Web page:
Artificial Intelligence for Emerging Technology in Surgery: Systematic Review and Validation

Nwoye, Ephraim, Woo, Wai Lok, Gao, Bin and Anyanwu, Tobenna (2022) Artificial Intelligence for Emerging Technology in Surgery: Systematic Review and Validation. IEEE Reviews in Biomedical Engineering. ISSN 1937-3333 (In Press)

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Official URL: https://doi.org/10.1109/RBME.2022.3183852

Abstract

Surgery is a high-risk procedure of therapy and is associated to post trauma complications of longer hospital stay, estimated blood loss and long duration of surgeries. Reports have suggested that over 2.5% patients die during and post operation. This paper is aimed at systematic review of previous research on artificial intelligence (AI) in surgery, analyzing their results with suitable software to validate their research by obtaining same or contrary results. Six published research articles have been reviewed across three continents. These articles have been re-validated using software including SPSS and MedCalc to obtain the statistical features such as the mean, standard deviation, significant level, and standard error. From the significant values, the experiments are then classified according to the null (p<0.05) or alternative (p>0.05) hypotheses. The results obtained from the analysis have suggested significant difference in operating time, docking time, staging time, and estimated blood loss but show no significant difference in length of hospital stay, recovery time and lymph nodes harvested between robotic assisted surgery using AI and normal conventional surgery. From the evaluations, this research suggests that AI-assisted surgery improves over the conventional surgery as safer and more efficient system of surgery with minimal or no complications.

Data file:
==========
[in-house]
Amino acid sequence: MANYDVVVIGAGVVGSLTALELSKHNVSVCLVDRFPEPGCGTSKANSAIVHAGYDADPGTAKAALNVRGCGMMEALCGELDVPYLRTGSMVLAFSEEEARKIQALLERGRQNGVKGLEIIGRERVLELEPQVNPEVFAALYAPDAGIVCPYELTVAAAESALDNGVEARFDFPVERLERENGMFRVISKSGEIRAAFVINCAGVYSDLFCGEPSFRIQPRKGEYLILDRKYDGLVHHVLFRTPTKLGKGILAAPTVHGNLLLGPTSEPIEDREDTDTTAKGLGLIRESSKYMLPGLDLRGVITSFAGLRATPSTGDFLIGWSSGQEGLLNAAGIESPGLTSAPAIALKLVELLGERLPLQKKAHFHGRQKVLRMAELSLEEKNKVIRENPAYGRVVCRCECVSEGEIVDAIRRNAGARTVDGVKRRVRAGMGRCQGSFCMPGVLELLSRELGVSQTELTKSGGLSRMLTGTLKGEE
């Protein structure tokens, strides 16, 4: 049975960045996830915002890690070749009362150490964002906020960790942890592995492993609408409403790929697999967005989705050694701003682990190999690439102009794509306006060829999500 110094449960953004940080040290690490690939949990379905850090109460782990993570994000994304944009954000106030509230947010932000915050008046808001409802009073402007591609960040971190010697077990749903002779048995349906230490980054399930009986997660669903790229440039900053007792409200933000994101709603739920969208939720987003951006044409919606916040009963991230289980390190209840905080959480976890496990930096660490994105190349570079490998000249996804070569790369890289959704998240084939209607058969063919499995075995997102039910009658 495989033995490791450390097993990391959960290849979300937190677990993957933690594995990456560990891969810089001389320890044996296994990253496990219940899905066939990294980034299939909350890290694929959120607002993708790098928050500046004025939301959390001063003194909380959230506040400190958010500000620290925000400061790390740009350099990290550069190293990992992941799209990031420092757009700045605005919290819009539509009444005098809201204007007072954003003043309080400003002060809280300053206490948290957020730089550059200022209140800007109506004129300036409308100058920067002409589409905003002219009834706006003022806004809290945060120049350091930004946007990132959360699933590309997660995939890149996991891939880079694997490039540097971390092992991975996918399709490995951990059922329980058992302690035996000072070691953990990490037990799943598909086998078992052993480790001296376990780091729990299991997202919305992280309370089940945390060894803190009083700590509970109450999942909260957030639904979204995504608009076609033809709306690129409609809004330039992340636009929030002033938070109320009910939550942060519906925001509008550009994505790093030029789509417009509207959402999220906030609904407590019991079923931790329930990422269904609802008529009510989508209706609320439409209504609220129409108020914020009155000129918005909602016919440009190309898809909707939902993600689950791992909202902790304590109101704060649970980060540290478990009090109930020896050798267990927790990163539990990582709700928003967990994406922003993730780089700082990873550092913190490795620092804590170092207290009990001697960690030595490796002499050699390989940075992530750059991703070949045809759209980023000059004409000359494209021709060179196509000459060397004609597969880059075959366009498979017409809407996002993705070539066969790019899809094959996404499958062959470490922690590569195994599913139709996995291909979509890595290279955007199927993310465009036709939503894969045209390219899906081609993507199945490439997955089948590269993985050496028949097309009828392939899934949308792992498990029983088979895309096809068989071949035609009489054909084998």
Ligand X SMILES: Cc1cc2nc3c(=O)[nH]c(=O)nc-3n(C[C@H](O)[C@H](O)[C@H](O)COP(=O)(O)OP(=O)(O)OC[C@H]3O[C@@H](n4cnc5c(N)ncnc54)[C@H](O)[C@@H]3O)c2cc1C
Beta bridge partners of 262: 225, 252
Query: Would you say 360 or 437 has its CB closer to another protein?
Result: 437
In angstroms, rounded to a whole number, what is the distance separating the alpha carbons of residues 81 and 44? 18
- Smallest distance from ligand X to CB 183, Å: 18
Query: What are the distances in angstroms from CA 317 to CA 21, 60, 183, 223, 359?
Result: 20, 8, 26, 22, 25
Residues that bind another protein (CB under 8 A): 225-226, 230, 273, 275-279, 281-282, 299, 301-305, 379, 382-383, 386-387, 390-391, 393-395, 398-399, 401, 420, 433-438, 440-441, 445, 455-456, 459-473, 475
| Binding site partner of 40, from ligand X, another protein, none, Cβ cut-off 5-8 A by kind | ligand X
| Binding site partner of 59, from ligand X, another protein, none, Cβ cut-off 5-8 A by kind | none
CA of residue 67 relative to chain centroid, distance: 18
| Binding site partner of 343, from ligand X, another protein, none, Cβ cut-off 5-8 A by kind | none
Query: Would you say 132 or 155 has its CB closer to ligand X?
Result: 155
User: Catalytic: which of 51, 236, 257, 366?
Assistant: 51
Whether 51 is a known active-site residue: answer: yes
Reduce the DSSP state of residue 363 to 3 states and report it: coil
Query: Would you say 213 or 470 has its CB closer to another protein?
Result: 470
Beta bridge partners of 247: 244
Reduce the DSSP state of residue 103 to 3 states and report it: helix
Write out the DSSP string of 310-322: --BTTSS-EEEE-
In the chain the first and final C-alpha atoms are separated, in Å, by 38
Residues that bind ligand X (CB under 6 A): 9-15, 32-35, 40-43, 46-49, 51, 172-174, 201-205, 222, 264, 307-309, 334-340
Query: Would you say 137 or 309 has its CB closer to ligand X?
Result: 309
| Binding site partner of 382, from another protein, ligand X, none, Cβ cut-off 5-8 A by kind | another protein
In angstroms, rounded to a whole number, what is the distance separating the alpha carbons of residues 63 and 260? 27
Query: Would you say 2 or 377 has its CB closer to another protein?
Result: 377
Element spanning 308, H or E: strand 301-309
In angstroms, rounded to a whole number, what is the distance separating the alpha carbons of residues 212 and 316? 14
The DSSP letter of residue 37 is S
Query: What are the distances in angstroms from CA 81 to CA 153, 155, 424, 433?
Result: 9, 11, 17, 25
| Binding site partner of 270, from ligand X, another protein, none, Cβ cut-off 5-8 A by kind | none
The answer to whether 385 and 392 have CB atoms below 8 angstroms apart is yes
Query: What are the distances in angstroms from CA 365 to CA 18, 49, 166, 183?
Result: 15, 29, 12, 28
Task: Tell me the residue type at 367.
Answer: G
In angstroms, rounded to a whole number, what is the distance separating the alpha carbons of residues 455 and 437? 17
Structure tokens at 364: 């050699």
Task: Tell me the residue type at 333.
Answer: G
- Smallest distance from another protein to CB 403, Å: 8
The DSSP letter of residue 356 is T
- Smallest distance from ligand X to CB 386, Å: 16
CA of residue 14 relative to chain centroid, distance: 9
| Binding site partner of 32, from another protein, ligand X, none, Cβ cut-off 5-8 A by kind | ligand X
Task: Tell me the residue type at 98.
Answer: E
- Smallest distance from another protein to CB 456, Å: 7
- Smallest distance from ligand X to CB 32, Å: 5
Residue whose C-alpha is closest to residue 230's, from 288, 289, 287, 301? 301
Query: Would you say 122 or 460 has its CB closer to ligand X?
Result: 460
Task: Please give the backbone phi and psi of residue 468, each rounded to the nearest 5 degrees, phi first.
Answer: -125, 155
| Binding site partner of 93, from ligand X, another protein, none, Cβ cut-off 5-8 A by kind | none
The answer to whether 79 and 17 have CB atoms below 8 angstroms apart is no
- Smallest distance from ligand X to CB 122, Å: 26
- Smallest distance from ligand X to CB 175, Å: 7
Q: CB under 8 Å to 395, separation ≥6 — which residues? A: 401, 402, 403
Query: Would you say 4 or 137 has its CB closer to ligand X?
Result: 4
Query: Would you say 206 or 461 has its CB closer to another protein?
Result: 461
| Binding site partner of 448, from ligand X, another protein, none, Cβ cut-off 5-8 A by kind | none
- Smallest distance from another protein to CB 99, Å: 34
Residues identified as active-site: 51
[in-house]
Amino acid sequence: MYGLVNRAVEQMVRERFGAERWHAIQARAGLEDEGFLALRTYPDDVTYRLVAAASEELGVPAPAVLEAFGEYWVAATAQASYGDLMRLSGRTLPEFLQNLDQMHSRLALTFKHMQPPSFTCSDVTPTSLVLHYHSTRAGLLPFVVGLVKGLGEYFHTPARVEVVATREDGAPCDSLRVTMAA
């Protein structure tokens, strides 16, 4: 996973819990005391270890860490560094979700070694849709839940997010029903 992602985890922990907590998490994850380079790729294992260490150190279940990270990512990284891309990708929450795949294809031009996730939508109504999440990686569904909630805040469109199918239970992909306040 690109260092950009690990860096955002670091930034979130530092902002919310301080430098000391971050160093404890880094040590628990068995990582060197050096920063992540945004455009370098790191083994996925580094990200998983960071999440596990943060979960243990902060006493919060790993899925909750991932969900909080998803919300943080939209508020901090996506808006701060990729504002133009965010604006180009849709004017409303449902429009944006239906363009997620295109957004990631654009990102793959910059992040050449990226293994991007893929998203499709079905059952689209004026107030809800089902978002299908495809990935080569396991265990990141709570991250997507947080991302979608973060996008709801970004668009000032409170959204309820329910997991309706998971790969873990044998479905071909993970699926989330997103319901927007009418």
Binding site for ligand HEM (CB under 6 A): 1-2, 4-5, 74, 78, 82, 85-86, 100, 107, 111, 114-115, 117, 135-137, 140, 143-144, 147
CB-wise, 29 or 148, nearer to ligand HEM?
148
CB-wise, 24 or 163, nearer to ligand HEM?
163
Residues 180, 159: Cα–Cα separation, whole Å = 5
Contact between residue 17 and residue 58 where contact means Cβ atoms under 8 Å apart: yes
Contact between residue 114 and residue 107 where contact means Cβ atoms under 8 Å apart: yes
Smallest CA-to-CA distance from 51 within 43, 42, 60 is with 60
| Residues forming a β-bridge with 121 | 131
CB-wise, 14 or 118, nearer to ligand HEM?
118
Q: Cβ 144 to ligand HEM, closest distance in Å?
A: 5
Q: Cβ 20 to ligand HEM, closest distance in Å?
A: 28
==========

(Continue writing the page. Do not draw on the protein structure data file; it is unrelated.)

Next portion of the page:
Item Type: Article
Uncontrolled Keywords: Surgery, artificial intelligence, robotic-assisted surgery, systematic review, docking time
Subjects: B800 Medical Technology
G700 Artificial Intelligence
G900 Others in Mathematical and Computing Sciences
Department: Faculties > Engineering and Environment > Computer and Information Sciences
Depositing User: Rachel Branson
Date Deposited: 06 Sep 2022 13:51
Last Modified: 06 Sep 2022 14:00
URI: https://nrl.northumbria.ac.uk/id/eprint/50044

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